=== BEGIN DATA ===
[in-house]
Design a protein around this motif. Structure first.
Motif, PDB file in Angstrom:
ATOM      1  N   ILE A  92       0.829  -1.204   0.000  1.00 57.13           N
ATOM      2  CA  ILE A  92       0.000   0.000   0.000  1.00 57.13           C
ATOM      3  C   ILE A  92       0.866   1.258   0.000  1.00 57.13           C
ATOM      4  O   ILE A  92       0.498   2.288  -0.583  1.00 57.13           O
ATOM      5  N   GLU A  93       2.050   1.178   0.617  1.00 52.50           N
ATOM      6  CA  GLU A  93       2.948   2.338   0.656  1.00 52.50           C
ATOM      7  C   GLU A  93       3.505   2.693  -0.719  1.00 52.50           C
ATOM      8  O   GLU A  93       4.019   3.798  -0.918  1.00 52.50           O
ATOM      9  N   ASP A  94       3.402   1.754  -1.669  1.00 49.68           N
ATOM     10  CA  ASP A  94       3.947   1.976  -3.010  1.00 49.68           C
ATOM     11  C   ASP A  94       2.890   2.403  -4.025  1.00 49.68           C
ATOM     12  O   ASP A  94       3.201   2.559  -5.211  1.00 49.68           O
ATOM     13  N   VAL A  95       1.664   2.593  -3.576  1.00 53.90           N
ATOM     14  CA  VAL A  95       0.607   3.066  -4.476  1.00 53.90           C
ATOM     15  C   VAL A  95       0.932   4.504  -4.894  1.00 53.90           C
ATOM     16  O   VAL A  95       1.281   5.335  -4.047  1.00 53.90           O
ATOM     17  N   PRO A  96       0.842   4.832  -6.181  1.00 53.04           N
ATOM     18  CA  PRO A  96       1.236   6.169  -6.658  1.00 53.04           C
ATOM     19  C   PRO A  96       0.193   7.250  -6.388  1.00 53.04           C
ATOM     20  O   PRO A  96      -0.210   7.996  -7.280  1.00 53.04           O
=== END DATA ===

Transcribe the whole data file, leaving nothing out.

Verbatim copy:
[in-house]
Design a protein around this motif. Structure first.
Motif, PDB file in Angstrom:
ATOM      1  N   ILE A  92       0.829  -1.204   0.000  1.00 57.13           N
ATOM      2  CA  ILE A  92       0.000   0.000   0.000  1.00 57.13           C
ATOM      3  C   ILE A  92       0.866   1.258   0.000  1.00 57.13           C
ATOM      4  O   ILE A  92       0.498   2.288  -0.583  1.00 57.13           O
ATOM      5  N   GLU A  93       2.050   1.178   0.617  1.00 52.50           N
ATOM      6  CA  GLU A  93       2.948   2.338   0.656  1.00 52.50           C
ATOM      7  C   GLU A  93       3.505   2.693  -0.719  1.00 52.50           C
ATOM      8  O   GLU A  93       4.019   3.798  -0.918  1.00 52.50           O
ATOM      9  N   ASP A  94       3.402   1.754  -1.669  1.00 49.68           N
ATOM     10  CA  ASP A  94       3.947   1.976  -3.010  1.00 49.68           C
ATOM     11  C   ASP A  94       2.890   2.403  -4.025  1.00 49.68           C
ATOM     12  O   ASP A  94       3.201   2.559  -5.211  1.00 49.68           O
ATOM     13  N   VAL A  95       1.664   2.593  -3.576  1.00 53.90           N
ATOM     14  CA  VAL A  95       0.607   3.066  -4.476  1.00 53.90           C
ATOM     15  C   VAL A  95       0.932   4.504  -4.894  1.00 53.90           C
ATOM     16  O   VAL A  95       1.281   5.335  -4.047  1.00 53.90           O
ATOM     17  N   PRO A  96       0.842   4.832  -6.181  1.00 53.04           N
ATOM     18  CA  PRO A  96       1.236   6.169  -6.658  1.00 53.04           C
ATOM     19  C   PRO A  96       0.193   7.250  -6.388  1.00 53.04           C
ATOM     20  O   PRO A  96      -0.210   7.996  -7.280  1.00 53.04           O